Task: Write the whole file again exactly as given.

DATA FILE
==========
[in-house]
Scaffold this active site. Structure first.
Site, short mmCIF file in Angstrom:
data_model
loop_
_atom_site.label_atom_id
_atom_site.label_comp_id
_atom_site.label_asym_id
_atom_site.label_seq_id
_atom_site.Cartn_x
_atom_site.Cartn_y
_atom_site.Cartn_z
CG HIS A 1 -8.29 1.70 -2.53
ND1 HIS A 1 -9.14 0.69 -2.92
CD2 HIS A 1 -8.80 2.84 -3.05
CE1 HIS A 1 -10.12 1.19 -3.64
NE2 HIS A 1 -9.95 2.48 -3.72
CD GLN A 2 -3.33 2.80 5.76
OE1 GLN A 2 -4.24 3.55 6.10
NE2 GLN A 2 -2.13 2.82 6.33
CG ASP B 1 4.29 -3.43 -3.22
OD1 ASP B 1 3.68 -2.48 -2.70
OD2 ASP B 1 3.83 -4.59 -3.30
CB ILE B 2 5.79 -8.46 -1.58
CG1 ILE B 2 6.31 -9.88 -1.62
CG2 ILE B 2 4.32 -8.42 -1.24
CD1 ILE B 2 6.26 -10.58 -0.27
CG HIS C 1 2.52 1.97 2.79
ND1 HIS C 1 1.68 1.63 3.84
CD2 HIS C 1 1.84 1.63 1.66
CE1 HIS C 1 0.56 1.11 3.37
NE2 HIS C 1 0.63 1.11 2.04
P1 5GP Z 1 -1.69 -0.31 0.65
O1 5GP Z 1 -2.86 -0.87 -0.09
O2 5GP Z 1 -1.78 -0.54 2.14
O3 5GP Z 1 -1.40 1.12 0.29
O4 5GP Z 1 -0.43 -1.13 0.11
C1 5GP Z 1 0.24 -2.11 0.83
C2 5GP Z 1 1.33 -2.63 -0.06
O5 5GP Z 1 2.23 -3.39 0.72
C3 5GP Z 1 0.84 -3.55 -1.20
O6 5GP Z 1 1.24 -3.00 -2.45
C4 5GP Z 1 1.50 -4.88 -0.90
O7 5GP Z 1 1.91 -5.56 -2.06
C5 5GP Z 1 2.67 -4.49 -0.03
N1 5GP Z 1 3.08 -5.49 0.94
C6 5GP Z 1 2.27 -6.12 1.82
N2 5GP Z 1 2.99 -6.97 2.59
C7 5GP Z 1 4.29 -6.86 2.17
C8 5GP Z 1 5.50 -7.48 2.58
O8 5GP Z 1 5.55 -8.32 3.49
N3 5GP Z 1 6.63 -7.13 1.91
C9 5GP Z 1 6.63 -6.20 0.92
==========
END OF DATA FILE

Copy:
[in-house]
Scaffold this active site. Structure first.
Site, short mmCIF file in Angstrom:
data_model
loop_
_atom_site.label_atom_id
_atom_site.label_comp_id
_atom_site.label_asym_id
_atom_site.label_seq_id
_atom_site.Cartn_x
_atom_site.Cartn_y
_atom_site.Cartn_z
CG HIS A 1 -8.29 1.70 -2.53
ND1 HIS A 1 -9.14 0.69 -2.92
CD2 HIS A 1 -8.80 2.84 -3.05
CE1 HIS A 1 -10.12 1.19 -3.64
NE2 HIS A 1 -9.95 2.48 -3.72
CD GLN A 2 -3.33 2.80 5.76
OE1 GLN A 2 -4.24 3.55 6.10
NE2 GLN A 2 -2.13 2.82 6.33
CG ASP B 1 4.29 -3.43 -3.22
OD1 ASP B 1 3.68 -2.48 -2.70
OD2 ASP B 1 3.83 -4.59 -3.30
CB ILE B 2 5.79 -8.46 -1.58
CG1 ILE B 2 6.31 -9.88 -1.62
CG2 ILE B 2 4.32 -8.42 -1.24
CD1 ILE B 2 6.26 -10.58 -0.27
CG HIS C 1 2.52 1.97 2.79
ND1 HIS C 1 1.68 1.63 3.84
CD2 HIS C 1 1.84 1.63 1.66
CE1 HIS C 1 0.56 1.11 3.37
NE2 HIS C 1 0.63 1.11 2.04
P1 5GP Z 1 -1.69 -0.31 0.65
O1 5GP Z 1 -2.86 -0.87 -0.09
O2 5GP Z 1 -1.78 -0.54 2.14
O3 5GP Z 1 -1.40 1.12 0.29
O4 5GP Z 1 -0.43 -1.13 0.11
C1 5GP Z 1 0.24 -2.11 0.83
C2 5GP Z 1 1.33 -2.63 -0.06
O5 5GP Z 1 2.23 -3.39 0.72
C3 5GP Z 1 0.84 -3.55 -1.20
O6 5GP Z 1 1.24 -3.00 -2.45
C4 5GP Z 1 1.50 -4.88 -0.90
O7 5GP Z 1 1.91 -5.56 -2.06
C5 5GP Z 1 2.67 -4.49 -0.03
N1 5GP Z 1 3.08 -5.49 0.94
C6 5GP Z 1 2.27 -6.12 1.82
N2 5GP Z 1 2.99 -6.97 2.59
C7 5GP Z 1 4.29 -6.86 2.17
C8 5GP Z 1 5.50 -7.48 2.58
O8 5GP Z 1 5.55 -8.32 3.49
N3 5GP Z 1 6.63 -7.13 1.91
C9 5GP Z 1 6.63 -6.20 0.92